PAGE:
In Camp

Group portrait Hovland Civilian Conservation Corps camp, Hovland, Minnesota.jpeg

Group portrait Hovland Civilian Conservation Corps camp, Hovland, Minnesota

CCC camps were constructed within 25 miles of worksites. In northern Minnesota, CCC enrollees arrived at a forest clearing or field along with boxes of supplies and canvas tents. After setting up their temporary shelters, they began building permanent structures for the camp, including the barracks, mess hall and kitchen, latrines and bath houses, and a recreation hall. Because men were sent to northern Minnesota beginning in the late summer and fall of 1933, barracks and other buildings needed to be constructed quickly before winter arrived.

%22Cookies%22 and other Civilian Conservation Corps men pose in front of building at the Gunflint camp, north of Grand Marais, Minnesota.jpeg

"Cookies" and other Civilian Conservation Corps men pose in front of building at the Gunflint camp, north of Grand Marais, Minnesota

In Hard Work and a Good Deal: The Civilian Conservation Corps in Minnesota, Barbara W. Sommer (2008) describes the typical schedule of life in camp. Days began with roll-call and flag-raising followed by breakfast. During the week, the men would leave for their conservation work projects after breakfast. They had free time in the afternoon before dinner. On the weekends, the men had to clean the camp, do vehicle and equipment maintenance, and other jobs in camp.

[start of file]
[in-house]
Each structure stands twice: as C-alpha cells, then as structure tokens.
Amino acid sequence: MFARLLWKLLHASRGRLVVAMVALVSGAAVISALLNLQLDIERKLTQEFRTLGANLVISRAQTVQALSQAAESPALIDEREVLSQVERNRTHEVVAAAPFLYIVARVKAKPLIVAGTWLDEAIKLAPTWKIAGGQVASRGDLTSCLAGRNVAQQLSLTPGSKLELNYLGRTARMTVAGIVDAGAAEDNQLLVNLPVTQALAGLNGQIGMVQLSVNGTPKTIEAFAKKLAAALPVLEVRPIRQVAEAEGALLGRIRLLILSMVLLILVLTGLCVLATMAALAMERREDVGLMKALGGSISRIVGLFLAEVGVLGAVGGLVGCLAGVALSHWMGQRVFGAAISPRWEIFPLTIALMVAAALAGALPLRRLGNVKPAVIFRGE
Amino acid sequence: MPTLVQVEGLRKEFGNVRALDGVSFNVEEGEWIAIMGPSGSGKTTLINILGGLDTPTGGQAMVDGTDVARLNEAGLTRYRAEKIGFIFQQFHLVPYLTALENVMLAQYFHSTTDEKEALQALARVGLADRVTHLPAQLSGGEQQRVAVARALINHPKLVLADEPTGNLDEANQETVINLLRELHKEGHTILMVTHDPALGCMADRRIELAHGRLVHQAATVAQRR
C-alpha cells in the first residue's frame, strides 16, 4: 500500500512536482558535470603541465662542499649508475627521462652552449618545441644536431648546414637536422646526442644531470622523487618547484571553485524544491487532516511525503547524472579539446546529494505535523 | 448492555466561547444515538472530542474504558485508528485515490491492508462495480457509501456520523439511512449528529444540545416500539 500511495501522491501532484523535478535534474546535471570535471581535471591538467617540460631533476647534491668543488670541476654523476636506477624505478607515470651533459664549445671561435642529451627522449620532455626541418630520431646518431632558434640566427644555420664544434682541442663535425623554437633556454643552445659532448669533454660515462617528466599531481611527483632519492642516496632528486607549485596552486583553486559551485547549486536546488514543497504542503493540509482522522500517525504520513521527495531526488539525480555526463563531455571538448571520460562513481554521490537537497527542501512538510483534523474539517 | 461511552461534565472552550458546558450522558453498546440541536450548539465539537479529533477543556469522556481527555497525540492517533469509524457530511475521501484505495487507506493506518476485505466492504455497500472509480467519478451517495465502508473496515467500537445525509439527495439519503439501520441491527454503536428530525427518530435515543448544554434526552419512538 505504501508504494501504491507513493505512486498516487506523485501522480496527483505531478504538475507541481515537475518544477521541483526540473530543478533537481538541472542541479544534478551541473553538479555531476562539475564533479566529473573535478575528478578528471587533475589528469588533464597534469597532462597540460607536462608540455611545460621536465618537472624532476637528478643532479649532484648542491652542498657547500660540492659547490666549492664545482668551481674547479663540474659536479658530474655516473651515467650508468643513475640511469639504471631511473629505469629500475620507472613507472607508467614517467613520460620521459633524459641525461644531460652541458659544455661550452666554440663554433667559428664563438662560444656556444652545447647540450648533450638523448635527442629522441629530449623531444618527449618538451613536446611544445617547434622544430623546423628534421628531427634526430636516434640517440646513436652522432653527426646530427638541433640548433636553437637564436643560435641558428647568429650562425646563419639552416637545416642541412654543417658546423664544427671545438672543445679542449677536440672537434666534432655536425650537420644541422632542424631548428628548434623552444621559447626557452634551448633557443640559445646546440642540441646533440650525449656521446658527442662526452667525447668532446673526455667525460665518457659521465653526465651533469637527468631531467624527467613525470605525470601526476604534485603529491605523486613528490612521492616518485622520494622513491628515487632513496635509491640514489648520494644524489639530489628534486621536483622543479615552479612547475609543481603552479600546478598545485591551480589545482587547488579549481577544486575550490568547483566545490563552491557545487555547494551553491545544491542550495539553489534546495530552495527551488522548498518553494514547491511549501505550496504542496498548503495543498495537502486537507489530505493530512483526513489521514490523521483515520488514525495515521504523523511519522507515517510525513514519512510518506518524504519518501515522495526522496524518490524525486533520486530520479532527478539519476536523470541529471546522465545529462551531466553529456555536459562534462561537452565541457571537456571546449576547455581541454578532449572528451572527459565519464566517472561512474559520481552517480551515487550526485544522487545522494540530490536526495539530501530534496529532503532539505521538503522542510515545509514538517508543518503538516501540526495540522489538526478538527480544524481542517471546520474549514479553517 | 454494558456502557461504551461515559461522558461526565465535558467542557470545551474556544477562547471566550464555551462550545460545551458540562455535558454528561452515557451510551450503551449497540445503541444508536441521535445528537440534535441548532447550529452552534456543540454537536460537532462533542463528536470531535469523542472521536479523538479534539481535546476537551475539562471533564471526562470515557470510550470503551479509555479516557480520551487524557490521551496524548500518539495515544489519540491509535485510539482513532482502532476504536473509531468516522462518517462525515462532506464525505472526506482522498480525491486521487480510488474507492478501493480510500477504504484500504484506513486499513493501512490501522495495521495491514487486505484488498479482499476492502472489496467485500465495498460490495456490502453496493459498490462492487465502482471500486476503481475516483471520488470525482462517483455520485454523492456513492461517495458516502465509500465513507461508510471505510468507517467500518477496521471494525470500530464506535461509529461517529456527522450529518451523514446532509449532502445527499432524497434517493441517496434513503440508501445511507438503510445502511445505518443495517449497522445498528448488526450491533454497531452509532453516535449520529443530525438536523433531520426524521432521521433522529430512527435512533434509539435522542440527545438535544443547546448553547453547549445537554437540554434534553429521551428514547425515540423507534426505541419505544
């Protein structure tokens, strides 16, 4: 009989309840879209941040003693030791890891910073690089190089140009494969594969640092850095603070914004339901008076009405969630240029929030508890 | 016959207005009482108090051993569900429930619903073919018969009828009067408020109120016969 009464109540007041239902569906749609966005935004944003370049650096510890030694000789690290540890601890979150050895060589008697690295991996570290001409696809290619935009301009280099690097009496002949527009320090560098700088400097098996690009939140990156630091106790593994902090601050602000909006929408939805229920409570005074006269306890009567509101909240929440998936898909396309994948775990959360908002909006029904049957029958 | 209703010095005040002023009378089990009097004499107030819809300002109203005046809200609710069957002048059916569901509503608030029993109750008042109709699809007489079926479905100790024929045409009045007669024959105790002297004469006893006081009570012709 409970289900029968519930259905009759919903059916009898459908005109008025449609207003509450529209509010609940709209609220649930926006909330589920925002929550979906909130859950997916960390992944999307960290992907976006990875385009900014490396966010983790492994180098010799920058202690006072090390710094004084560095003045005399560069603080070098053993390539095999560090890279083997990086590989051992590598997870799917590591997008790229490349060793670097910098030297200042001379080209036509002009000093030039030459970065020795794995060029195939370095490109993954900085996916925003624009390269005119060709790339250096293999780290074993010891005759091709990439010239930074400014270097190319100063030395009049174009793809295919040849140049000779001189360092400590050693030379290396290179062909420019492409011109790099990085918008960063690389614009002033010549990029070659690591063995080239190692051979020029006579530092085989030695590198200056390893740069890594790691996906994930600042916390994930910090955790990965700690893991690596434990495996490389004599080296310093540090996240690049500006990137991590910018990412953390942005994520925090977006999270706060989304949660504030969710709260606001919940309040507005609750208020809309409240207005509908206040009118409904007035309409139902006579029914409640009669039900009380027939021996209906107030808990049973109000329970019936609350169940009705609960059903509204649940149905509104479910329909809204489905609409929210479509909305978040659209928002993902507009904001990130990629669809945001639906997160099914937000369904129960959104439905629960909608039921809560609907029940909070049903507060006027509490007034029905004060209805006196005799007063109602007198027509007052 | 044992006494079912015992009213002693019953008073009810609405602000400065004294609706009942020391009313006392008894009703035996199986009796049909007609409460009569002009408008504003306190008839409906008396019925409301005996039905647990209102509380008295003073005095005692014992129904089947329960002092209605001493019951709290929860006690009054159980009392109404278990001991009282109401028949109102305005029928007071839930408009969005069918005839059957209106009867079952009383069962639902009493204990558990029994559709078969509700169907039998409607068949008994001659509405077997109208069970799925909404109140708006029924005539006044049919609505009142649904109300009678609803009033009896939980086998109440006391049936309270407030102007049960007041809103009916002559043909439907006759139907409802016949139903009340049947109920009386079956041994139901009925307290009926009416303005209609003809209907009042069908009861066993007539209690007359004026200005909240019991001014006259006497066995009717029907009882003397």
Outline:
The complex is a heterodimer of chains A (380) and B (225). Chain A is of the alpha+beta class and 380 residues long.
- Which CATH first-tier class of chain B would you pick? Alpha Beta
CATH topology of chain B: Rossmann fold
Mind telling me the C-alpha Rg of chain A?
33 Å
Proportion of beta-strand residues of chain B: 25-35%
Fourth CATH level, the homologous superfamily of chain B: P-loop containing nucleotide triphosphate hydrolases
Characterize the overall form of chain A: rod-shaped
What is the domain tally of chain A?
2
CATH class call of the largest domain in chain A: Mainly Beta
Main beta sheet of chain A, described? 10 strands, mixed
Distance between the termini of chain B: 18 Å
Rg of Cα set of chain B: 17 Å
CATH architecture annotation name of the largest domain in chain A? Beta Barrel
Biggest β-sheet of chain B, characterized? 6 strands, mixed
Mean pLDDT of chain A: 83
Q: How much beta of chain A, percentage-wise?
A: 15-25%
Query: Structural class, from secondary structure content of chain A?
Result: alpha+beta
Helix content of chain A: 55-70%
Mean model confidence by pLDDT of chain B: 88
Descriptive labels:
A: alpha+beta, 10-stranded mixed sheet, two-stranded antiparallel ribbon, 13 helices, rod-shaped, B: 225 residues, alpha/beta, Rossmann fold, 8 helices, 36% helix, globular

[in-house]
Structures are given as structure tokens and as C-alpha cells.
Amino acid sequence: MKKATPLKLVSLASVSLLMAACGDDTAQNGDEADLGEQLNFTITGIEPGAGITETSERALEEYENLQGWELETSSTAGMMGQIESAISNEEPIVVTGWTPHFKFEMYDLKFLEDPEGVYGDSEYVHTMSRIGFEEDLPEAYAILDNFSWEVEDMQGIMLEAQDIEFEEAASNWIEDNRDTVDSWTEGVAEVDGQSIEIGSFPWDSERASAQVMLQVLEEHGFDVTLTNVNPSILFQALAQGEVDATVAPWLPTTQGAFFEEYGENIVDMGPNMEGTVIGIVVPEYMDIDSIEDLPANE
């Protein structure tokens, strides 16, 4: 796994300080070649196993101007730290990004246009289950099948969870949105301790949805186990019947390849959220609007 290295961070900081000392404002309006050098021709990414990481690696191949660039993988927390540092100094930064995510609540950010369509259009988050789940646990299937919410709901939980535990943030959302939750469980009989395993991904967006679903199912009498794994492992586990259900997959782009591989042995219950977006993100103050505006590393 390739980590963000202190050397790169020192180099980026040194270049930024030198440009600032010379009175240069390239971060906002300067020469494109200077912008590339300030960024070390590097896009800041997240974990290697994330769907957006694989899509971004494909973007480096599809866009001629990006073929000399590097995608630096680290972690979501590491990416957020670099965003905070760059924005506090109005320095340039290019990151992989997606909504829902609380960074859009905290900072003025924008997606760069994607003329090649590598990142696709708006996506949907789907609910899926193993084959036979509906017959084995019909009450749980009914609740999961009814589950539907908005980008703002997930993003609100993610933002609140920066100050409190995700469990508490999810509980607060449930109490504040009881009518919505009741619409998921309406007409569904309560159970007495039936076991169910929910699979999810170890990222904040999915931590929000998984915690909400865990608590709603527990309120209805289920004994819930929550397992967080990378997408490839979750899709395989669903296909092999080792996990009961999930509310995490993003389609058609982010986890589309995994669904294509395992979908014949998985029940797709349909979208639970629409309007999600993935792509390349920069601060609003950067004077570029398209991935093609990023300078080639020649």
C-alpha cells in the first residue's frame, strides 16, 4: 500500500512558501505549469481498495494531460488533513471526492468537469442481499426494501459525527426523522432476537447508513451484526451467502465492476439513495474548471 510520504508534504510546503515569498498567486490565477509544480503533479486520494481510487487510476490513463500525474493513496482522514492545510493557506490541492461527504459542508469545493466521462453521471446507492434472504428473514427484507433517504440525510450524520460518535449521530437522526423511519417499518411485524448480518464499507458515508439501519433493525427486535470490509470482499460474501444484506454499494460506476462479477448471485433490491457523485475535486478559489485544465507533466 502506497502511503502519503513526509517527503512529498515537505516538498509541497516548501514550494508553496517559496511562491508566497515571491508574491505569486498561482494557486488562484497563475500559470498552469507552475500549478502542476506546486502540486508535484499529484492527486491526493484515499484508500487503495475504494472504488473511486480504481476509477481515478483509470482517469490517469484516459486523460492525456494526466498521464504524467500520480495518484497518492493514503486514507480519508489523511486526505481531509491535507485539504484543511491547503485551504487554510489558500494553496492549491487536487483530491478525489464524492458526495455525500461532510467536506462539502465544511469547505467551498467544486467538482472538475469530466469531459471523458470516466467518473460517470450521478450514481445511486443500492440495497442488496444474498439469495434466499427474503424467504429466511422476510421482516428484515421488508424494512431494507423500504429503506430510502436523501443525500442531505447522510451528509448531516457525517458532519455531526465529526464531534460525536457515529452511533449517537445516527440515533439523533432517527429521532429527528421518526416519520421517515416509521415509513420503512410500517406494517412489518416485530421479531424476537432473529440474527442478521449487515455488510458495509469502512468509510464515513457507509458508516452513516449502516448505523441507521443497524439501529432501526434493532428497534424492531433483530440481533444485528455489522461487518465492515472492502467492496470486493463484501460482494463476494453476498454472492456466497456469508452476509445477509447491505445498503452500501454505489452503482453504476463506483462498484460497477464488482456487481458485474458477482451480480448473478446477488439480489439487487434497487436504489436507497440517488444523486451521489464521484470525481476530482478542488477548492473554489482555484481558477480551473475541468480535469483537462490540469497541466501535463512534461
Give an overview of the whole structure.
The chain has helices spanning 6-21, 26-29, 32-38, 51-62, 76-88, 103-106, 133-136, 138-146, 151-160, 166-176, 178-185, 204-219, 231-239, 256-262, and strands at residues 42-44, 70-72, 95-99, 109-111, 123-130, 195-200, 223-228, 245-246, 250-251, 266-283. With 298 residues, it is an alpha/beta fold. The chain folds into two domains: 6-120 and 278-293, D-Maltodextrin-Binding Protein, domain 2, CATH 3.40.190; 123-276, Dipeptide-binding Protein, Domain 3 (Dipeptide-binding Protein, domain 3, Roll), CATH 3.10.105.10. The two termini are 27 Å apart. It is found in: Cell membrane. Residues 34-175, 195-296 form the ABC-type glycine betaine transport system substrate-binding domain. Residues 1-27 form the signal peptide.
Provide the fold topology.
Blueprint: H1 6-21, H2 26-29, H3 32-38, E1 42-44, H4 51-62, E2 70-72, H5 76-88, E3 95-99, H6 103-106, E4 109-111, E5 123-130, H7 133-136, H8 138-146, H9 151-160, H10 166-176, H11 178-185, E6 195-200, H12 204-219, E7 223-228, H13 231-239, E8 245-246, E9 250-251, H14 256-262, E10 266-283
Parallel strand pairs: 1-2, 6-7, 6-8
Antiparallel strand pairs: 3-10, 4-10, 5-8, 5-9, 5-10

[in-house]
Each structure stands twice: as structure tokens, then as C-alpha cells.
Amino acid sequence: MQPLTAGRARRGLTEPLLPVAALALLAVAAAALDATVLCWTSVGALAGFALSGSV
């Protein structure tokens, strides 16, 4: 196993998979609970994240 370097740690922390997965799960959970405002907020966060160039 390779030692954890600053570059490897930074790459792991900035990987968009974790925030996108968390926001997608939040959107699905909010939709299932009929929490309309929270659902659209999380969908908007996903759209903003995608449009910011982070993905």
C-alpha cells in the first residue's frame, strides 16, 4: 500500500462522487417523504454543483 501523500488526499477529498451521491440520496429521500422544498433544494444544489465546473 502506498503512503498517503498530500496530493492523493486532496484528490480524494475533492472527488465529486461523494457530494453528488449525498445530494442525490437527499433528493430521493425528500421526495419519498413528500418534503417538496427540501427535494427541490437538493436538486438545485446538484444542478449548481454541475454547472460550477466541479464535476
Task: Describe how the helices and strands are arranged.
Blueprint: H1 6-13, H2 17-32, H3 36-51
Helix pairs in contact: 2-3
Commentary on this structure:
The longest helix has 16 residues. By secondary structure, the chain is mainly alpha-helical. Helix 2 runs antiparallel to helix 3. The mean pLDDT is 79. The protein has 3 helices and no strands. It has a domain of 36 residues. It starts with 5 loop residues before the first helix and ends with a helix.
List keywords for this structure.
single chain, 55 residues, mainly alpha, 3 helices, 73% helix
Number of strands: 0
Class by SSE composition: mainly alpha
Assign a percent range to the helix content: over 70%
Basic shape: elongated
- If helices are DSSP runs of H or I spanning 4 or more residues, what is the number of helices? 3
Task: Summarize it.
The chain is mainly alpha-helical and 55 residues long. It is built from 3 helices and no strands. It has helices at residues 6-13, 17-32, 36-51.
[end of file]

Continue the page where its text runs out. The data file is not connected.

Inside the library at the Hovland Civilian Conservation Corps camp, Hovland, Minnesota.jpeg

Inside the library at the Hovland Civilian Conservation Corps camp, Hovland, Minnesota

During their freetime, enrollees could read books and newspapers in the camp library, play sports or music, or go hiking, fishing, swimming, or skiing. Occasionally CCC camps screened movies and organized dances.

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In Camp